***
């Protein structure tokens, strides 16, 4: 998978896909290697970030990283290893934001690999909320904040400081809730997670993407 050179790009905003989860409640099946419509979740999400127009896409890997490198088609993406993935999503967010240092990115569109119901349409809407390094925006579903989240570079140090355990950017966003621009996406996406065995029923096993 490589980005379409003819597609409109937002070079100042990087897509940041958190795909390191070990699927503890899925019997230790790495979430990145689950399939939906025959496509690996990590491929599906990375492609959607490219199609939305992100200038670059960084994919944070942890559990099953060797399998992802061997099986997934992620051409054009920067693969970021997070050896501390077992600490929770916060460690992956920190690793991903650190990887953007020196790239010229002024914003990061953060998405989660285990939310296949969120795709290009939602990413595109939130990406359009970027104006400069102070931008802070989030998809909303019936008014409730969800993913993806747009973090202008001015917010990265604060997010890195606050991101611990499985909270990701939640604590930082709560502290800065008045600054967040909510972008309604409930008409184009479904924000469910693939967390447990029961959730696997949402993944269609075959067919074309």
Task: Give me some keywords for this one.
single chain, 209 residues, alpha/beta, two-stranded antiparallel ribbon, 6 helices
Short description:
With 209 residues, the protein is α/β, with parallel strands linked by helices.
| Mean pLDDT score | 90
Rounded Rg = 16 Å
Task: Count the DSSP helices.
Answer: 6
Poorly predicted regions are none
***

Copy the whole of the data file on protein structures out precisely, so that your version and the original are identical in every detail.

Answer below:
């Protein structure tokens, strides 16, 4: 998978896909290697970030990283290893934001690999909320904040400081809730997670993407 050179790009905003989860409640099946419509979740999400127009896409890997490198088609993406993935999503967010240092990115569109119901349409809407390094925006579903989240570079140090355990950017966003621009996406996406065995029923096993 490589980005379409003819597609409109937002070079100042990087897509940041958190795909390191070990699927503890899925019997230790790495979430990145689950399939939906025959496509690996990590491929599906990375492609959607490219199609939305992100200038670059960084994919944070942890559990099953060797399998992802061997099986997934992620051409054009920067693969970021997070050896501390077992600490929770916060460690992956920190690793991903650190990887953007020196790239010229002024914003990061953060998405989660285990939310296949969120795709290009939602990413595109939130990406359009970027104006400069102070931008802070989030998809909303019936008014409730969800993913993806747009973090202008001015917010990265604060997010890195606050991101611990499985909270990701939640604590930082709560502290800065008045600054967040909510972008309604409930008409184009479904924000469910693939967390447990029961959730696997949402993944269609075959067919074309």
Task: Give me some keywords for this one.
single chain, 209 residues, alpha/beta, two-stranded antiparallel ribbon, 6 helices
Short description:
With 209 residues, the protein is α/β, with parallel strands linked by helices.
| Mean pLDDT score | 90
Rounded Rg = 16 Å
Task: Count the DSSP helices.
Answer: 6
Poorly predicted regions are none